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  • Author or Editor: Jarra Hicks x
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Jarra Hicks

To realize community economies we need enterprises that are capable of enacting ethics that depart from dominant economic norms. Community enterprises are businesses in which individuals come together as active communities to create an enterprise around a perceived need, issue or opportunity. Like other forms of ethical enterprise, they are motivated by a dual ambition to participate in economic activity while also contributing to social or environmental goals. This chapter explores how two community-owned wind farms have drawn on and fostered a diversity of enterprise design features to realise their ethical visions for democratized energy systems, sustainability and local regeneration. These community enterprises have used different legal structures, modified and supplemented in various ways, in order to manifest community visions. These examples help reveal the opportunities for protecting ethics within community enterprise structures and help us to see beyond the sometimes-stifling boundaries of status quo thinking about existing legal structures.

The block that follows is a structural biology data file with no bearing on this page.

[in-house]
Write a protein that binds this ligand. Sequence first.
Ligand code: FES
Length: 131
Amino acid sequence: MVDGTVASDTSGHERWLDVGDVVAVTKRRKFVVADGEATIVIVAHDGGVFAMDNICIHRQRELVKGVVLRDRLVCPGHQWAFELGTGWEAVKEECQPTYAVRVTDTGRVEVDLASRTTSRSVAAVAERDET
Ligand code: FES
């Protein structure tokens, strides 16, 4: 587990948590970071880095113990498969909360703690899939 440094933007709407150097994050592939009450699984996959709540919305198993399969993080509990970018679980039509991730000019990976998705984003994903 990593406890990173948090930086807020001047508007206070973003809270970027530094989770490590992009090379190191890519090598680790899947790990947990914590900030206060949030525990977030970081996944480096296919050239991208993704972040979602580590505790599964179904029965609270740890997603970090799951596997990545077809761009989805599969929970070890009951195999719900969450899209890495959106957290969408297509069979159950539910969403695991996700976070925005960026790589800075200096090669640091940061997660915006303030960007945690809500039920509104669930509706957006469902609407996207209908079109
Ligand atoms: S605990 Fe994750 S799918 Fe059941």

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Jarra Hicks

To build community economies, we need sources of finance that are aligned with our more-than-economic goals. However, sourcing mission-oriented finance is often a challenge. One solution gaining popularity is sourcing finance from communities with an engaged and ongoing commitment to the mission of the enterprise. This chapter presents examples of the different forms of community finance being crafted to realize community-owned renewable energy enterprises (CORE). It explores the implications of community finance for the creation of ethics-driven community economies. Marshalling the financial resources needed by a CORE enterprise is no small feat and requires a mix of finance arrangements, involving investment, grants, loans, donations, in-kind and more, as well as efforts to reduce costs in creative ways. Decisions to go with community finance over mainstream finance options have important implications for our ability to access sources of finance that are accountable to ethics, patient and grounded in local communities.